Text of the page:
The process clearly illustrates that new Armenian government is not ready for compromise to reach a peace with Azerbaijan. Instead of constructive engagement, they opted for sticking to hate speech. For instance, during the UEFA Europa League Final in Baku (29 May 2019) Arsenal’s player Henrikh Mkhitaryan (of Armenian origin) refused to visit Baku despite all high security guarantee promised by Azerbaijani government. His choice was regarded as being part of a “dirty” political game instead of playing football. Nikol Pashinyan even hailed his position in his twitter feed. Whereas, until now, many Armenian athletes participated at the Baku 2015 European Games, and many others at the international events hosted by Azerbaijan, and there were no threats and incidents for them.
In general, sportsmen may have a very positive role in conflict and hate situations. For instance, according to researchers from Stanford University, Liverpool’s Egyptian football striker Mo Salah effect is having an impact beyond the stadium walls, who found a drop in hate crimes around Liverpool since Salah signed with the club in June 2017. Mo Salah often celebrates goals by dropping to his knees and touching his forehead to the grass in the sujood (an Islamic prayer position), while Liverpool fans have a chant that goes: “If he scores another few, then I’ll be Muslim, too”. Henrikh Mkhitaryan with arrival to Baku could also use this opportunity to convey a peace message to other Armenians.
The short-term environment of peace was deteriorated by another provocation by Armenia against Azerbaijan. On 30 May 2019, during the OSCE Minsk Group co-chairs’ visit to Azerbaijan, Azerbaijani officer was killed by an Armenian sniper shot. On 9 June 2019 another Azerbaijani soldier was killed by the Armenian side, and Armenian Defense Minister awarded that who executed the Azerbaijani servicemen. These military incidents were followed by proportional casualties in Armenians’ side as well. Moreover, on June 12, 2019, Azerbaijan’s trainer plane has been detected and targeted by Armenian anti-aircraft missile system at the frontline (on Fizuli direction), but no incident was registered.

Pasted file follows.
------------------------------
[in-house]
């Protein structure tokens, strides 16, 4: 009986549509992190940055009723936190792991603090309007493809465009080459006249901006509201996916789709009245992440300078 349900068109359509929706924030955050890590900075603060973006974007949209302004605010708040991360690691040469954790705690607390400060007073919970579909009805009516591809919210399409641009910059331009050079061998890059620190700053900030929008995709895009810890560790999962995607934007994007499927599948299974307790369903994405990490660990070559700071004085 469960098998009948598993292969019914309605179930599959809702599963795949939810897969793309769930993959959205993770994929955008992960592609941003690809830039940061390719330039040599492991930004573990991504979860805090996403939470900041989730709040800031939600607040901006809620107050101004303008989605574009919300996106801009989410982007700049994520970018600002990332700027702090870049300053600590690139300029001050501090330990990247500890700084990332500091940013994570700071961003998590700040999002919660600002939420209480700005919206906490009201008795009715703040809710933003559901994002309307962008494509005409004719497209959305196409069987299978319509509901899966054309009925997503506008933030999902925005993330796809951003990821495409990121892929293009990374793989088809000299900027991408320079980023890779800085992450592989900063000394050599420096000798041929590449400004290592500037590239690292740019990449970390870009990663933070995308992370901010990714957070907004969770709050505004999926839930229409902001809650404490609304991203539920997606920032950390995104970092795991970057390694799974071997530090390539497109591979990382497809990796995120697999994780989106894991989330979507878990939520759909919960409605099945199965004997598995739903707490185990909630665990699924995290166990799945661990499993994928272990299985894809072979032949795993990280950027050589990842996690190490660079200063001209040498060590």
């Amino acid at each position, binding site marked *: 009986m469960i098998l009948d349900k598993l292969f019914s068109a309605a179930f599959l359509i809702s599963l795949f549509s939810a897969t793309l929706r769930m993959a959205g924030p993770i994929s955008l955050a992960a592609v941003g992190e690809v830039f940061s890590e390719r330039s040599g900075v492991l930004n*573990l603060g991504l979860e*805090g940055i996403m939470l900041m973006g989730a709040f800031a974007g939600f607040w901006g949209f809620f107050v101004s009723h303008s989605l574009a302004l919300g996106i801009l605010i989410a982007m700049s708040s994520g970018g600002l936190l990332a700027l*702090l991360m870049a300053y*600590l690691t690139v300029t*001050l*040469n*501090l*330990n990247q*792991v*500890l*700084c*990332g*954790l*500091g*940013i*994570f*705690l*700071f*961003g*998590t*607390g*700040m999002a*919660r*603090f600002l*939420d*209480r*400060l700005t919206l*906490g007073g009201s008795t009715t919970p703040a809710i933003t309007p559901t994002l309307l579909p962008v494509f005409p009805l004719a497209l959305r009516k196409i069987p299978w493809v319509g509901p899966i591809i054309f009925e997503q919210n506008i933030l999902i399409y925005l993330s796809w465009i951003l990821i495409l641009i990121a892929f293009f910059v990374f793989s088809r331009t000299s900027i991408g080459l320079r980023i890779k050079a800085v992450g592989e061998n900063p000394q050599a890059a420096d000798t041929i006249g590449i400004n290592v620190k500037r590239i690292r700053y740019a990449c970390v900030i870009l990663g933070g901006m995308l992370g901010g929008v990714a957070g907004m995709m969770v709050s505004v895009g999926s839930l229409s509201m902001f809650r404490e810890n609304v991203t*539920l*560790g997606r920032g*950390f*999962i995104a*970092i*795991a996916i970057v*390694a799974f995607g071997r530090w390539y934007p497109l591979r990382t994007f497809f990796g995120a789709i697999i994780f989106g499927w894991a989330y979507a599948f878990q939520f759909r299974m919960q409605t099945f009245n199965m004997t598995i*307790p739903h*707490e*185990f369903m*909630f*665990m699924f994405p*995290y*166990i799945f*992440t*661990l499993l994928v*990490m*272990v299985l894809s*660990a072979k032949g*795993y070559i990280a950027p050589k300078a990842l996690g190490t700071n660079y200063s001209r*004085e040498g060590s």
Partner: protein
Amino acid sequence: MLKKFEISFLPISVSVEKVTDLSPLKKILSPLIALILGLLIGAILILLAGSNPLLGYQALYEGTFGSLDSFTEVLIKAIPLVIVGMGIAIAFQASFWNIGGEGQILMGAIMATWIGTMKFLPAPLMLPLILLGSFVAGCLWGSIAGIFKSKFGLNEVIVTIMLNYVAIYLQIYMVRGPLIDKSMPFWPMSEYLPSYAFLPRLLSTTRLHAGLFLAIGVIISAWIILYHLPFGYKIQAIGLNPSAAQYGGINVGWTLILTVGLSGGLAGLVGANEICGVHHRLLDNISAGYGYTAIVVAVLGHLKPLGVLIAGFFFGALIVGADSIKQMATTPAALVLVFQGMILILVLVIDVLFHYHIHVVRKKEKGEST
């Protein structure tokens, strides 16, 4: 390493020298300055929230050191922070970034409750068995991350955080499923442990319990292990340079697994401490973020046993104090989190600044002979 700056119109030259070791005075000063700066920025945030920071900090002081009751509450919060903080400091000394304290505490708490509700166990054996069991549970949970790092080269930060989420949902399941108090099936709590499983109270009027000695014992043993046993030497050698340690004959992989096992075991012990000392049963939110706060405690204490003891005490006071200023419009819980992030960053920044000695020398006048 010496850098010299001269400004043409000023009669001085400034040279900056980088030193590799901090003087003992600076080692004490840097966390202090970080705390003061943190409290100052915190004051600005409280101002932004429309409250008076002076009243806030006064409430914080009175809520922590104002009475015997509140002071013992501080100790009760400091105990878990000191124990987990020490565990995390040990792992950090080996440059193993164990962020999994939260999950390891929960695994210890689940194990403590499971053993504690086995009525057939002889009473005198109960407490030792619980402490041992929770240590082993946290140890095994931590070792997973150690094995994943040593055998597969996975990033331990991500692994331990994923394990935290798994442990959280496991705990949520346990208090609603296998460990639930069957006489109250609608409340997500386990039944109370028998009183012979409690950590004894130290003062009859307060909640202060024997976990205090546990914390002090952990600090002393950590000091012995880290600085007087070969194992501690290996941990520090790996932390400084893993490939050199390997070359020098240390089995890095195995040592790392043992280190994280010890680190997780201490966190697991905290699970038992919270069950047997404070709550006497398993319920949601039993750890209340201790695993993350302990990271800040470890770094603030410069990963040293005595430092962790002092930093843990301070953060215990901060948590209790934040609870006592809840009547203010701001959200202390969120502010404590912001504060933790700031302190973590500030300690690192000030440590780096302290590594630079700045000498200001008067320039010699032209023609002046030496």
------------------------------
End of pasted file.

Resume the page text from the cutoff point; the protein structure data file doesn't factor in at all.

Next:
All aforementioned facts confirm that Armenian new government sticks to old mechanism, and all attempts to change the format of negotiations to present de-facto Nagorno-Karabakh as an independent party are just a maneuver to maintain the status-quo in the conflict. It is necessary to consider that, the conflict hitherto causes violence and human suffering for both nations, and without tangible results, further civil and military causalities will be from both sides. Both Armenian and Azerbaijan people suffered enough from this bloody conflict, and it is very time to achieve a peace in the region. As the Armenian journalist, social activist Susan Jaghinyan emphasized – “Sargsyan and Kocharyan destroy[ed] the people, if they continue[d] their rule, the Armenian people [would] not exist in the future”. After Velvet Revolution, Armenian people managed to change a regime, and now Armenian new government has all chances to prepare its population for peace and benefit from the regional economic cooperation. As soon as the Nagorno-Karabakh conflict resolves, the Armenian people will be able to benefit from the opportunities of the current regional economic cooperation of Azerbaijan with other partners.
Georgia Returns to the Old New Silk Road
Georgia has historically been at the edge of empires. This has been both an asset and a hindrance to the development of the country. Hindrance because Georgia’s geography requires major investments to override its mountains, gorges and rivers. An asset because Georgia’s location allowed the country from time to time to position itself as a major transit territory between Europe and the Central Asia, and China further away.
This geographic paradigm has been well in play in shaping Georgia’s geopolitical position even since the breakup of the Soviet Union in 1991 and the rise of modern technologies. Thereafter, Georgia has been playing a rebalancing game by turning to other regional powers to counter the resurgent Russia. Turkey, Azerbaijan, Iran (partly) and bigger players such as the EU and the US are those which have their own interest in the South Caucasus. However, over the past several years yet another power, China, with its still evolving Belt and Road Initiative (BRI), has been slowly emerging in the South Caucasus.